technique described above. The lighting setup then just uses a white
light coming from behind left, at a polar angle that maximizes the
sense of shape of the subtle wave pattern outside of the corral.
From an image creator's point of view, what I always
liked about working with STM data was the fact that the surfaces are
very similar to landscapes, and that you can apply the same design
guidelines and intuition as you do in landscape photography.
F. F. Don, can you briefly give the history of this technology?
D. E. It happened in five distinct steps.
Step 1: Invention of the scanning tunneling microscope and
its ability to create atomic-resolution images (Gerd Binnig and
Heinrich Rohrer, the 1986 Nobel Prize in Physics with Ernst Ruska)
Step 2: The design, construction and operation of a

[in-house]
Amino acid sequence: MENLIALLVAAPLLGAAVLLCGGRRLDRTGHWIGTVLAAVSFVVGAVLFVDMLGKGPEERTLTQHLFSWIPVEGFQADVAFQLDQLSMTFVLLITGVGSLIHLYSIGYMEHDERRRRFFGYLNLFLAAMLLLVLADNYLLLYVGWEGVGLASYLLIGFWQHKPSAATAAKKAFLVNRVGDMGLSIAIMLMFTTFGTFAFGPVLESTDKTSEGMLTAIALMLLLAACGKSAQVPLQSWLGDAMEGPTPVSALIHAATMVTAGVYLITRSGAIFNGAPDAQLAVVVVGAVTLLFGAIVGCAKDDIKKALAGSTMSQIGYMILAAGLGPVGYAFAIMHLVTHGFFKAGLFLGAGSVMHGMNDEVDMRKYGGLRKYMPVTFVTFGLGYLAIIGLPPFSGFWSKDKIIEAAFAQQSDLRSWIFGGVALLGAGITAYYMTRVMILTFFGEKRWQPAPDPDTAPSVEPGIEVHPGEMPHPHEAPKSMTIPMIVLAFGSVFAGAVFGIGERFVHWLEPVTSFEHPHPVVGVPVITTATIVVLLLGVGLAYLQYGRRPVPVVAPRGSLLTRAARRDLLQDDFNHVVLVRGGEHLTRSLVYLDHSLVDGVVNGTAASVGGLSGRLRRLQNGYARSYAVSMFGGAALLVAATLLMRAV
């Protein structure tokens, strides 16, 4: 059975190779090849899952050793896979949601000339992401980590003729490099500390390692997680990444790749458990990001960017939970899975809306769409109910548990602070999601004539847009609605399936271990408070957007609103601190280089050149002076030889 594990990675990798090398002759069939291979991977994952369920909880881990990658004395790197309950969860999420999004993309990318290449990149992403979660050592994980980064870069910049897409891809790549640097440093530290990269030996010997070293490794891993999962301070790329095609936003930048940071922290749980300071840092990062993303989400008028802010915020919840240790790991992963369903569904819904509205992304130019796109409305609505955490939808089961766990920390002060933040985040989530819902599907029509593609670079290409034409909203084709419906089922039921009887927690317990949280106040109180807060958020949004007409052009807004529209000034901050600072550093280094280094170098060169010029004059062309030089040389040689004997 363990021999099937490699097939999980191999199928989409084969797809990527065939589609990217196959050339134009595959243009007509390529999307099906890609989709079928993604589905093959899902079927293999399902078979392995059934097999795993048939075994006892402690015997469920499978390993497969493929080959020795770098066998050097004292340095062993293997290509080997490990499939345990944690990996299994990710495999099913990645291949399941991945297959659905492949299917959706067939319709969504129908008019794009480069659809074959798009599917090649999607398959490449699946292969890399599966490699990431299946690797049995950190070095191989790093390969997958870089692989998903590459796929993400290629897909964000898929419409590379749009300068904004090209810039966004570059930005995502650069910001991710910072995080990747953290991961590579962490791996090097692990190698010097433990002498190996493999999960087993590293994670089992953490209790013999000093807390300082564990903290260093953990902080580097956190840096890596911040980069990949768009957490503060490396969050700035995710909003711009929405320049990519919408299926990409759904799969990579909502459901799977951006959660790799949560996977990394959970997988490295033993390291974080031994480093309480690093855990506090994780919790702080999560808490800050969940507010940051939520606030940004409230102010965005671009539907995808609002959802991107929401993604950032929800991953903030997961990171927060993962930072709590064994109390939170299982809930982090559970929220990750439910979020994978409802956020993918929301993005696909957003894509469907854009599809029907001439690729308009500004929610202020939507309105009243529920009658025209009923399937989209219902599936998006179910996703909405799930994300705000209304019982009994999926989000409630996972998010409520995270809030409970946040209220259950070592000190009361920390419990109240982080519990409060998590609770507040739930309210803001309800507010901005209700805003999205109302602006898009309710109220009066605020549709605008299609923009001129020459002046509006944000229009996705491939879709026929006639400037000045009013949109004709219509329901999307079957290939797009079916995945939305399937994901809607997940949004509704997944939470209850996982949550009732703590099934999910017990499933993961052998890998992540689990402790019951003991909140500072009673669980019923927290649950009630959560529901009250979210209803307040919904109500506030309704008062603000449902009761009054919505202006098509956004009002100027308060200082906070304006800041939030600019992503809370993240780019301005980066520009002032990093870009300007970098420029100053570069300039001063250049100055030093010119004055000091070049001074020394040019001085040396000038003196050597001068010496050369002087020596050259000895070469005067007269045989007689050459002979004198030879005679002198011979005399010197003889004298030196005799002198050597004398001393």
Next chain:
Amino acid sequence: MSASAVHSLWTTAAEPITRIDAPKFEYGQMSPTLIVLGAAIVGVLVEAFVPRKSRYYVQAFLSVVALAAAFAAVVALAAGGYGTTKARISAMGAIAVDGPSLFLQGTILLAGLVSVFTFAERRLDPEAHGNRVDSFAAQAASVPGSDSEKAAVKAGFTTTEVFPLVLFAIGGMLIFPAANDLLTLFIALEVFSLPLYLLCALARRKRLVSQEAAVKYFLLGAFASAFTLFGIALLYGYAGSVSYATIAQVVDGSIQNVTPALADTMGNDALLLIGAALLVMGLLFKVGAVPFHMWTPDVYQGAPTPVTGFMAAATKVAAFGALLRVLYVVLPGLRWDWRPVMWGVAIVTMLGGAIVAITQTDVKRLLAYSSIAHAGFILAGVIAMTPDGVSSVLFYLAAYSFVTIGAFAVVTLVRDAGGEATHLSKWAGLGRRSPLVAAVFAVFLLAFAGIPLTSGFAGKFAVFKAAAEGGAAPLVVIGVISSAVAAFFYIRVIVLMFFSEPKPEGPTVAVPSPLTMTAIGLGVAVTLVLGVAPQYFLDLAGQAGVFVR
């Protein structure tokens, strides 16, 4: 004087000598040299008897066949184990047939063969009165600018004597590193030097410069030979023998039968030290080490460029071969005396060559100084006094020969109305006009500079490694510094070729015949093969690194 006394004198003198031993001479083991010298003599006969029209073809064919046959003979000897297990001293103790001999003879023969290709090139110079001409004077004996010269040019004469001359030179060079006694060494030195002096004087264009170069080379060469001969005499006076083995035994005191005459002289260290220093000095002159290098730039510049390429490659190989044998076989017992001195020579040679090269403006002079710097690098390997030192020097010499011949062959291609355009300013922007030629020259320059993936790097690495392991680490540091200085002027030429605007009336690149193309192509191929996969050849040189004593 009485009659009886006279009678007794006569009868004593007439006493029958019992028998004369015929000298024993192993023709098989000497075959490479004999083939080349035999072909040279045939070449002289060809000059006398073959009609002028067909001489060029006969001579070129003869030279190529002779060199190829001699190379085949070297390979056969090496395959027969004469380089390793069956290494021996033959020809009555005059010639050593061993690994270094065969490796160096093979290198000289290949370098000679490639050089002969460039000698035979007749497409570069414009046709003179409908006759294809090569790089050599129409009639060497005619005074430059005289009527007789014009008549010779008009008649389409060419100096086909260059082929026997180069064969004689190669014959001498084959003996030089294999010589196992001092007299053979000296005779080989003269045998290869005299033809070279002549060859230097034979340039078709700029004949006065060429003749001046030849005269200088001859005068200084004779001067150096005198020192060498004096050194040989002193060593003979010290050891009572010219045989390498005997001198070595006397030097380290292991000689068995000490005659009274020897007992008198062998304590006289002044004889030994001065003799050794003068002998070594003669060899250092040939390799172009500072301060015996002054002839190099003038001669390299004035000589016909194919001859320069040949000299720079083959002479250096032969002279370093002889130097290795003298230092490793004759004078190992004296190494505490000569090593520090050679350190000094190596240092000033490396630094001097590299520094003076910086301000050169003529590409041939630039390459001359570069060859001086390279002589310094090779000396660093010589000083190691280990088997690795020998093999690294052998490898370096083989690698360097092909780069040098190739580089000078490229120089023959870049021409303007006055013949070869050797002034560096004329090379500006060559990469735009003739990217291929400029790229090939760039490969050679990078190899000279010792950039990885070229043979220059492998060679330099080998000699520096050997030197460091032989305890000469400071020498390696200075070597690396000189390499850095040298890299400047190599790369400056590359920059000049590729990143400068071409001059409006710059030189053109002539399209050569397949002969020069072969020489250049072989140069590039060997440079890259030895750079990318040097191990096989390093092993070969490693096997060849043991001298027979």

low-temperature (4 degrees Kelvin) ultra-high-vacuum STM that would
allow the study of atomically clean, well-characterized surfaces at
temperatures low enough to stop the thermal diffusion of atoms on a
Step 3: The demonstration of the ability to manipulate
individual atoms with atomic precision using a low-temperature STM
(Eigler and Schweizer 1990, Nature 344:524-526)
Step 4: The discovery that the standing waves due to
surface-state electrons could be imaged with the STM (Crommie, Lutz
and Eigler 1993, Nature 363:524-527)
Step 5: Confinement of the surface-state electrons into
quantum corrals made from individually placed atoms (Crommie, Lutz
and Eigler, the article that accompanied the quantum corral image)
The steps are sequential and linked in the sense that
each step was not possible without the previous step, and each step
was motivated by the previous one.